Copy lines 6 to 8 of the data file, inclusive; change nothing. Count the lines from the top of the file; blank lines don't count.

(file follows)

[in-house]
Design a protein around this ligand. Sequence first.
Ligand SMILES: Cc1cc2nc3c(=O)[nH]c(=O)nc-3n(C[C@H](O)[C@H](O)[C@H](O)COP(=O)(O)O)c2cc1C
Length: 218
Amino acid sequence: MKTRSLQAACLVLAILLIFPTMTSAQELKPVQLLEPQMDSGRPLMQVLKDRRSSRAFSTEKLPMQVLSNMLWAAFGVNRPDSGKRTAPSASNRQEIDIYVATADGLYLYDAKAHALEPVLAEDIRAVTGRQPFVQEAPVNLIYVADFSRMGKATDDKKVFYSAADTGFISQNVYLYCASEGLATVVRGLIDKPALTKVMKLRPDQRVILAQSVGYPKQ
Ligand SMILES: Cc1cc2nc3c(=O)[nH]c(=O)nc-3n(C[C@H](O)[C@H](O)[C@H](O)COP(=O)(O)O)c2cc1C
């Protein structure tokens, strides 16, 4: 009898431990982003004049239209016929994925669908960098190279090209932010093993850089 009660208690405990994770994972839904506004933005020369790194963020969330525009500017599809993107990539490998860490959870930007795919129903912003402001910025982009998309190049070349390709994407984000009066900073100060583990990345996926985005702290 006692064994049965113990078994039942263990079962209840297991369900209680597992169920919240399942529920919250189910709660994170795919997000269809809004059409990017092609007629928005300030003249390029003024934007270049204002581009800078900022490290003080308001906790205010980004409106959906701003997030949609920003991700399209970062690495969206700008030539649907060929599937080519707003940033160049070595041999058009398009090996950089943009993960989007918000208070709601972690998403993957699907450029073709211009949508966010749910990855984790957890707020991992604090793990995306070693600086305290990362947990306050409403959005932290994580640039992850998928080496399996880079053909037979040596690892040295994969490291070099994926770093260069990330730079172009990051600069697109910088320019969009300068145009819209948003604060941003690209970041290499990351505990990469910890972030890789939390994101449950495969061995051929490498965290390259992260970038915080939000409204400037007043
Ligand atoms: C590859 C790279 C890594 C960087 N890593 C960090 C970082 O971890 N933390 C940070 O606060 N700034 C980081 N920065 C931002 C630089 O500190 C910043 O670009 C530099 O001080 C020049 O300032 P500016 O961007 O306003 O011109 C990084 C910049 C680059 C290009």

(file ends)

Ligand SMILES: Cc1cc2nc3c(=O)[nH]c(=O)nc-3n(C[C@H](O)[C@H](O)[C@H](O)COP(=O)(O)O)c2cc1C
């Protein structure tokens, strides 16, 4: 009898431990982003004049239209016929994925669908960098190279090209932010093993850089 009660208690405990994770994972839904506004933005020369790194963020969330525009500017599809993107990539490998860490959870930007795919129903912003402001910025982009998309190049070349390709994407984000009066900073100060583990990345996926985005702290 006692064994049965113990078994039942263990079962209840297991369900209680597992169920919240399942529920919250189910709660994170795919997000269809809004059409990017092609007629928005300030003249390029003024934007270049204002581009800078900022490290003080308001906790205010980004409106959906701003997030949609920003991700399209970062690495969206700008030539649907060929599937080519707003940033160049070595041999058009398009090996950089943009993960989007918000208070709601972690998403993957699907450029073709211009949508966010749910990855984790957890707020991992604090793990995306070693600086305290990362947990306050409403959005932290994580640039992850998928080496399996880079053909037979040596690892040295994969490291070099994926770093260069990330730079172009990051600069697109910088320019969009300068145009819209948003604060941003690209970041290499990351505990990469910890972030890789939390994101449950495969061995051929490498965290390259992260970038915080939000409204400037007043
Ligand atoms: C590859 C790279 C890594 C960087 N890593 C960090 C970082 O971890 N933390 C940070 O606060 N700034 C980081 N920065 C931002 C630089 O500190 C910043 O670009 C530099 O001080 C020049 O300032 P500016 O961007 O306003 O011109 C990084 C910049 C680059 C290009």